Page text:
Castle Butte, a sandstone formation in the scenic Big Muddy Badlands, Southern Saskatchewan, Canada, glows warm pink during the dusk. On the relatively flat prairie landscape, Castle Butte rises almost unexpectedly to 70 metres (230 feet). A compressed clay and sandstone formation, Castle Butte is located about 19 kilometres (12 miles) south of Bengough on Highway 34. Castle Butte served as a landmark for indiginous peoples, outlaws and settlers. Trails lead upwards on Castle Butte but they are very slippery after a rainfall. The rain however washes fossilized ancient rocks - petrified wood - from the top and slopes.
Along Big Muddy Creek lie the scenic Big Muddy Badlands in southern Saskatchewan. In the 1800's and early 1900'a, the "Outlaw Trail's" northernmost tip lay in the Big Muddy Badlands and outlaws such as Dutch Henry and the Sundance Kid passed through the area and stayed for a while when they were avoiding the law in the United States. The area is today as it was then, lightly populated; ranching and tourism are the main economic activities and the outlaws are merely interesting stories.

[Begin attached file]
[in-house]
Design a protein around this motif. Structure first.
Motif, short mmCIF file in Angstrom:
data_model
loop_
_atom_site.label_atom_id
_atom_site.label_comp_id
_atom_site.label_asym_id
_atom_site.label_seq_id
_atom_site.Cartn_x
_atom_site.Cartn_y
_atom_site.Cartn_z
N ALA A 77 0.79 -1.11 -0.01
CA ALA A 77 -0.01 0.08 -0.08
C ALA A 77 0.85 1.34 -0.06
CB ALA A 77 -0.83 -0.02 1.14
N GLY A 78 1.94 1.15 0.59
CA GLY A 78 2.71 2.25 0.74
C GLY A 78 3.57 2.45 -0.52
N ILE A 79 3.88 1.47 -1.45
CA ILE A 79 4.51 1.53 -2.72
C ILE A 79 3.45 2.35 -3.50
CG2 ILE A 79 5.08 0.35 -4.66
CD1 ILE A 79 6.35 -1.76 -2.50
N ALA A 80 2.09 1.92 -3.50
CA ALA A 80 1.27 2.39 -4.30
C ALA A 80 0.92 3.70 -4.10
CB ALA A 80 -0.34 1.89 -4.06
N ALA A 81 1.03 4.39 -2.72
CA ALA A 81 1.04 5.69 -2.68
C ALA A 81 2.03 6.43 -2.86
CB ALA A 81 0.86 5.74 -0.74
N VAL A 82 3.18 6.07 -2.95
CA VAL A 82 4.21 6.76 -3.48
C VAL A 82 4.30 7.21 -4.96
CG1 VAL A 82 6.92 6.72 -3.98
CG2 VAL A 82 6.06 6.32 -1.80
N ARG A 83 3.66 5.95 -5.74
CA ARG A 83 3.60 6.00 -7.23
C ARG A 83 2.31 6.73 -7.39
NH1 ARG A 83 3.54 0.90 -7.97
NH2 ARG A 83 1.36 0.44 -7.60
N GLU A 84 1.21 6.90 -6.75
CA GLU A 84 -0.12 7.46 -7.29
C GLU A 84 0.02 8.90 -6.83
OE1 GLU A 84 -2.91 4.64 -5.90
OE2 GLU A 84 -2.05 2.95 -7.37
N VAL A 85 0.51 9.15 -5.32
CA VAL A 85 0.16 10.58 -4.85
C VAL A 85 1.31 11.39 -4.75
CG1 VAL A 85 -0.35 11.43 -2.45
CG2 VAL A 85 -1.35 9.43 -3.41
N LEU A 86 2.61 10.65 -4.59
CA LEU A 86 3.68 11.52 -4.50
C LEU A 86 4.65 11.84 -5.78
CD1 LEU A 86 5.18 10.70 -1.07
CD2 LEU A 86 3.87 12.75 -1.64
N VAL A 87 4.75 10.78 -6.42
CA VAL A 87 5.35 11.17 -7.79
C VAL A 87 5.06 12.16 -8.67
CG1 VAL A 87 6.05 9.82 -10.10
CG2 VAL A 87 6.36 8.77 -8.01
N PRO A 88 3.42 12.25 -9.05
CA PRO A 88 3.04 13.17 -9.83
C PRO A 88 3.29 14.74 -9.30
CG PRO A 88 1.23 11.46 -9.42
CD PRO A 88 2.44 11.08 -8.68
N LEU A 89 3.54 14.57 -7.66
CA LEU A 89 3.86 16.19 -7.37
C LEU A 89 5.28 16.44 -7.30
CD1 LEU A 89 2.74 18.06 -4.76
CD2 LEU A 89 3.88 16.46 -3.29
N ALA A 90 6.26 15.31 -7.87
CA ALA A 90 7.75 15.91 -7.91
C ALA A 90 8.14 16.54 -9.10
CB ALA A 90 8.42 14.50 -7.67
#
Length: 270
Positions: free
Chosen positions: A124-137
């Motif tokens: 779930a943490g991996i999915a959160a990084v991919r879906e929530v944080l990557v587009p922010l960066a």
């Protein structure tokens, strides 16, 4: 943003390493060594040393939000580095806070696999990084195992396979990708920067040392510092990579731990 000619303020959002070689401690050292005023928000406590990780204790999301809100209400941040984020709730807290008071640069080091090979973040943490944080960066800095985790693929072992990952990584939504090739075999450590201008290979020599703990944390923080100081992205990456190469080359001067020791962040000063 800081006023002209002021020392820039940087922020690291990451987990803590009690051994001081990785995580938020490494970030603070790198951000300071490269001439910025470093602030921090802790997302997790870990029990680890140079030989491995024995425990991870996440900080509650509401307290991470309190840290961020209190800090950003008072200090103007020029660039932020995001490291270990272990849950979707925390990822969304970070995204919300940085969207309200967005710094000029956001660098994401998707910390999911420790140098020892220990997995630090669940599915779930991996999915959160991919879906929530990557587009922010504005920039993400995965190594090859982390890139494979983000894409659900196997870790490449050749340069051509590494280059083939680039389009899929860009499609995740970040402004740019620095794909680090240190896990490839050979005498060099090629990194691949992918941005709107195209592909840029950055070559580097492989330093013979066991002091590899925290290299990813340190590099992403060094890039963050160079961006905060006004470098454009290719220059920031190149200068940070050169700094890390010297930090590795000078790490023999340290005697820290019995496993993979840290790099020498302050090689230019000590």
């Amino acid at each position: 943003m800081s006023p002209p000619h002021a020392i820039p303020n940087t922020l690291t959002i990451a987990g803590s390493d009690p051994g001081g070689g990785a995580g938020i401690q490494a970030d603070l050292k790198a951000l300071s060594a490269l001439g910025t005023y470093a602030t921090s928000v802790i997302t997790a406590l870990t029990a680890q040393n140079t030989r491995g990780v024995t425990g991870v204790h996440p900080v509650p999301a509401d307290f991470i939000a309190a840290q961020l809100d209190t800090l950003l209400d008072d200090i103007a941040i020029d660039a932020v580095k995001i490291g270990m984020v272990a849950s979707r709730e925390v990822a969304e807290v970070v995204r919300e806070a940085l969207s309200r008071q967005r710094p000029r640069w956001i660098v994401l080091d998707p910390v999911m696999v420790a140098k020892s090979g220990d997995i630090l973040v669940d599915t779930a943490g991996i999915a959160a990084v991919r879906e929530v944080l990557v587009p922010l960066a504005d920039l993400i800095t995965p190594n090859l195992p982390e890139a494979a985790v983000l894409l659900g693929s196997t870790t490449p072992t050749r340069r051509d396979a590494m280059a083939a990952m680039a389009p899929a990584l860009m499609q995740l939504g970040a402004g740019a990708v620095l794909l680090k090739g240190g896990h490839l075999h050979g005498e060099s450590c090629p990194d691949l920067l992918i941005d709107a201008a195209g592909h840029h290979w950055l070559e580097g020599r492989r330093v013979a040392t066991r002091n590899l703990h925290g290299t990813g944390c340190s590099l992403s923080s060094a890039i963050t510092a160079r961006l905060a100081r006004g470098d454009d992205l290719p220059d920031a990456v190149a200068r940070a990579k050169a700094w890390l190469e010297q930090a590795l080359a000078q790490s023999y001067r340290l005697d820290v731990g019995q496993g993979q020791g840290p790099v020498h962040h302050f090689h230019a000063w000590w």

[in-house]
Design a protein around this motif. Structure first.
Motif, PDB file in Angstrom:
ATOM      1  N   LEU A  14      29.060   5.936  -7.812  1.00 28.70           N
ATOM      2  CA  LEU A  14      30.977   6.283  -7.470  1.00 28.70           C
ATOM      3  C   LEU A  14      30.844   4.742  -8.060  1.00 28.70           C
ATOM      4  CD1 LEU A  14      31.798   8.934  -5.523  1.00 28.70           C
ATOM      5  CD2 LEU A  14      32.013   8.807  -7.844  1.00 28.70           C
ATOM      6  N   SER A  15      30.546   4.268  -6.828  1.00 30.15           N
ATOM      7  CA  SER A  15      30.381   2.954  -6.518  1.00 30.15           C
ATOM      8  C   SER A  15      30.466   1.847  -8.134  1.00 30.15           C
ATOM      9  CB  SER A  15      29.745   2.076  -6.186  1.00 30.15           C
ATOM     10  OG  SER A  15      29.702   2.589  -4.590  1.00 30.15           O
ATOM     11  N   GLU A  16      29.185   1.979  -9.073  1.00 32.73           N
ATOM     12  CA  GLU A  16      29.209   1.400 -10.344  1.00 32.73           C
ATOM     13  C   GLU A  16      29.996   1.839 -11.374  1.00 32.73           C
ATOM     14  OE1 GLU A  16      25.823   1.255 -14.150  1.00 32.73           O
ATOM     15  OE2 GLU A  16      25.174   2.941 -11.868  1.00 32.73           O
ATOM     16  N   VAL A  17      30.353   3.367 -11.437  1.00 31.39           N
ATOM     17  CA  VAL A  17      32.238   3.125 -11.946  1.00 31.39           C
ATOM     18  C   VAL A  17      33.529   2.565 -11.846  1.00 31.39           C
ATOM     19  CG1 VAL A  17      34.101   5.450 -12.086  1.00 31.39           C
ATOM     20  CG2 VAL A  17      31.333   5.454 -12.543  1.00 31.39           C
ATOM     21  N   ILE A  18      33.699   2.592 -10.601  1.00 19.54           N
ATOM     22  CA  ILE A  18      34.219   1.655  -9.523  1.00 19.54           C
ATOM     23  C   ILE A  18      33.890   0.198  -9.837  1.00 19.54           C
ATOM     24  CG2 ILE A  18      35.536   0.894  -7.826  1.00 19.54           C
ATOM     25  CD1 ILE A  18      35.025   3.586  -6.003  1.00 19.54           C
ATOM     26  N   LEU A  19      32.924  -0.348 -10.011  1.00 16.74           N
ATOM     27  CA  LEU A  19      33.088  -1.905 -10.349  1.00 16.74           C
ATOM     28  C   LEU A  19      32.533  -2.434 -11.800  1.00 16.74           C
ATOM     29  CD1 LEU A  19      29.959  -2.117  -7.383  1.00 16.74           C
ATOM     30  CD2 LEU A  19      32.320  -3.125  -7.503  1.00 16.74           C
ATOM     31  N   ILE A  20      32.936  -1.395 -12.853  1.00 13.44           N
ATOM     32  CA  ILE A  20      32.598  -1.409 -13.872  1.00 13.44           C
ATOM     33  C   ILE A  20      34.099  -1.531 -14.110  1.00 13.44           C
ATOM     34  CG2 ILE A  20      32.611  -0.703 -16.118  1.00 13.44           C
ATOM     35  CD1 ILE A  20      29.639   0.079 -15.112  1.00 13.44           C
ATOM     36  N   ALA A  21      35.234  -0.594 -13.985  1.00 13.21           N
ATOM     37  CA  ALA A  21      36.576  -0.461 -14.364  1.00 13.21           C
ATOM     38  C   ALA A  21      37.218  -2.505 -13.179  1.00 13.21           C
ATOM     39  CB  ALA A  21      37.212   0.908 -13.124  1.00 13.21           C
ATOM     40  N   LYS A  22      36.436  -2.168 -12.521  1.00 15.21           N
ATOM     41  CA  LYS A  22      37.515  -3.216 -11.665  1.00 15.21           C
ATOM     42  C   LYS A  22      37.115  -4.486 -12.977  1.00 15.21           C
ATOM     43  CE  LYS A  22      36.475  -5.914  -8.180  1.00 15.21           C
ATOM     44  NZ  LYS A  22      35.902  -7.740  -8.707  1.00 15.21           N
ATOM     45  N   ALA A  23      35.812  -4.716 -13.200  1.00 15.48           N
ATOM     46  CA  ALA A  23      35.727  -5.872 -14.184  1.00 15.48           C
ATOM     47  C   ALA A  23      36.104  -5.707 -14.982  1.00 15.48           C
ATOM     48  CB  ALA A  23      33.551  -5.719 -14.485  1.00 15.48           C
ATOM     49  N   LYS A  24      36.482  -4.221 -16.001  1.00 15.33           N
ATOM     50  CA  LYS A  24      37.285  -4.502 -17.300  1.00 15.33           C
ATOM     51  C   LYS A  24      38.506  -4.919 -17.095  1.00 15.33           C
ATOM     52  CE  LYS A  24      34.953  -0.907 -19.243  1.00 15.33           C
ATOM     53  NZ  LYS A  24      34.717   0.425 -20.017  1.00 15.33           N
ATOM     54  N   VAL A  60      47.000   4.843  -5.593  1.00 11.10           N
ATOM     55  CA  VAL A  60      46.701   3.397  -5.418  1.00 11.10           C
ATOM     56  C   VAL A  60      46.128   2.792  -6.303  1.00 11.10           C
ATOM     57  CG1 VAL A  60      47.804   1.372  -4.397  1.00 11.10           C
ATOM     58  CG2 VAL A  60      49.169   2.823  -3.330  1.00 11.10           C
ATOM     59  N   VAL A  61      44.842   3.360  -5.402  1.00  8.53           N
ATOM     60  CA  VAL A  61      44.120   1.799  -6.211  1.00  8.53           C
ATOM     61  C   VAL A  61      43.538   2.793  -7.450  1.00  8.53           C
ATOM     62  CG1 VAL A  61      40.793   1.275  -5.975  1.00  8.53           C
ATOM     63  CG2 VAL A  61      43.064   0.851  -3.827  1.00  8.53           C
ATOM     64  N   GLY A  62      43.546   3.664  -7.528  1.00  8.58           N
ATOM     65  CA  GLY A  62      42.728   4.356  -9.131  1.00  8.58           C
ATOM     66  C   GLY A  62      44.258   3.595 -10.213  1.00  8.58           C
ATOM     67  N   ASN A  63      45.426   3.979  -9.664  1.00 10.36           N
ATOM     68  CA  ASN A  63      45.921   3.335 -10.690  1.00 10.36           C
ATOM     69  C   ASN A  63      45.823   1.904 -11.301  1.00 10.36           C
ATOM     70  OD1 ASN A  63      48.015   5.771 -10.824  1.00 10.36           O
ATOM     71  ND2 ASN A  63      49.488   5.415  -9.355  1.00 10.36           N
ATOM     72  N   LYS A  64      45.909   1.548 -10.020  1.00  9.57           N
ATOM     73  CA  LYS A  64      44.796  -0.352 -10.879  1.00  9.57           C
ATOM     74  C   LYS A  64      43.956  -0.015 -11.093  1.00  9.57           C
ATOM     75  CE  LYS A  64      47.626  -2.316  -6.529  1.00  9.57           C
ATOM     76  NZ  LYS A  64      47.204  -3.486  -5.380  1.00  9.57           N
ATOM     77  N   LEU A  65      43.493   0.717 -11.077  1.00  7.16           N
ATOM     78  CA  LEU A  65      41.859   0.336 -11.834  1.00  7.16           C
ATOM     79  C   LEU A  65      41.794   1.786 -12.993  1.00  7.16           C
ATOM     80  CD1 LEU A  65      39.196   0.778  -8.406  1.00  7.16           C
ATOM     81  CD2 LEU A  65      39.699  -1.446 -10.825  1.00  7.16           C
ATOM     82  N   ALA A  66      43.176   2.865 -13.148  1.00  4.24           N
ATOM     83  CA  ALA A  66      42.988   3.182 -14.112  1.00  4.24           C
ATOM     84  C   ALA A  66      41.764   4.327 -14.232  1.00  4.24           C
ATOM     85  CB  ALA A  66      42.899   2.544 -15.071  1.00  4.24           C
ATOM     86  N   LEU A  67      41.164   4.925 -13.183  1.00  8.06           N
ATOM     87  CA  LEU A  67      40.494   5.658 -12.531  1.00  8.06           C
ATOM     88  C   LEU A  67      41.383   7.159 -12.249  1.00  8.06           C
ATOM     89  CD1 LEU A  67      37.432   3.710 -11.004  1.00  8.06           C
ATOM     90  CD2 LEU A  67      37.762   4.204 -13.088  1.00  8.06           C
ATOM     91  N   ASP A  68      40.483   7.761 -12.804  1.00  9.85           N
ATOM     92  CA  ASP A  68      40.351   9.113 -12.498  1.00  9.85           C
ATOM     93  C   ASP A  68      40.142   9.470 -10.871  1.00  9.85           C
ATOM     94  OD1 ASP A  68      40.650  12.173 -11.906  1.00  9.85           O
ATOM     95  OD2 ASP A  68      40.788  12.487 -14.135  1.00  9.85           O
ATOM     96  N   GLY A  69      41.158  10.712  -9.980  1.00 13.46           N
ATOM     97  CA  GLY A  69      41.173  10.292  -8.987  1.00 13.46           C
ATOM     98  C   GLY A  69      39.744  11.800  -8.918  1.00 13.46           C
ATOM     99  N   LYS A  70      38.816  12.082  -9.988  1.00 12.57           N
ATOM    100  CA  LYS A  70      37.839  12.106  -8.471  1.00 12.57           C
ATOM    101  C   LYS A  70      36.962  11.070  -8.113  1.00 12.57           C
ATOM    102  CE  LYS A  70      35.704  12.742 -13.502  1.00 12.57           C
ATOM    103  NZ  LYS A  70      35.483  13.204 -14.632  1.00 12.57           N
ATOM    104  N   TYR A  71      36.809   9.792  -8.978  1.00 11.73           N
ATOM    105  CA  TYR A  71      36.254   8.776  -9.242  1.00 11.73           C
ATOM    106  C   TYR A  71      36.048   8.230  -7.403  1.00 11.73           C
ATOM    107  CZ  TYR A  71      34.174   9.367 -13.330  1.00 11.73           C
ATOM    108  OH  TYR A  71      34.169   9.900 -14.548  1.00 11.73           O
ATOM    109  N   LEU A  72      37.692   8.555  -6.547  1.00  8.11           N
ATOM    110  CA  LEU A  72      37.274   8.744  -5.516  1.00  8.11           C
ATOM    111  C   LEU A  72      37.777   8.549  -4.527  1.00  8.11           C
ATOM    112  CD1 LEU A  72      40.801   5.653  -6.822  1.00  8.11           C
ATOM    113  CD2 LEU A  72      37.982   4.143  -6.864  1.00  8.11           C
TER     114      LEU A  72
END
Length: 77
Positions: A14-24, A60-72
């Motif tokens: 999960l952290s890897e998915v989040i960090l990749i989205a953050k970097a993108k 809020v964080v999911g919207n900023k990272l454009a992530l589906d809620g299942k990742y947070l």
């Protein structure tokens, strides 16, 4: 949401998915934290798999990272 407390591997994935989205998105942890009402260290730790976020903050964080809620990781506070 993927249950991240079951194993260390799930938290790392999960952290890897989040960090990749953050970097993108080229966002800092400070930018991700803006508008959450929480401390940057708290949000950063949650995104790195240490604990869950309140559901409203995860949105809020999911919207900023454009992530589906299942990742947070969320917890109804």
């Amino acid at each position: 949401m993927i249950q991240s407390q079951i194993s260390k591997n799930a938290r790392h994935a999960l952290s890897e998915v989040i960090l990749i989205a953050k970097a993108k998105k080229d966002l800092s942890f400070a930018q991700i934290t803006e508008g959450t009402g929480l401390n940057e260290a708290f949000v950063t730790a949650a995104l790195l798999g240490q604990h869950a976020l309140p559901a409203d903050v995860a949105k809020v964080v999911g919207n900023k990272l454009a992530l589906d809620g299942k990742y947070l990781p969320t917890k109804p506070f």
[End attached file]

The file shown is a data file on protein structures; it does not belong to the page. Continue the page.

Visitors interested in botany will be enchanted by the prickly pear cactus, especially if it is in bloom, and the many plants that survive, clinging to the slopes of this scenic sandstone formation, Castle Butte.
Formations of Castle Butte during dusk in Big Muddy Badlands, Southern Saskatchewan, Canada.
I photographed this photo with the digital SLR camera model Canon EOS-1Ds Mark III, aperture of f/8.0, exposure time of 25/10 sec. on ISO 100, as always I used a original Canon Lens, the focus lenght for this picture was 14mm.
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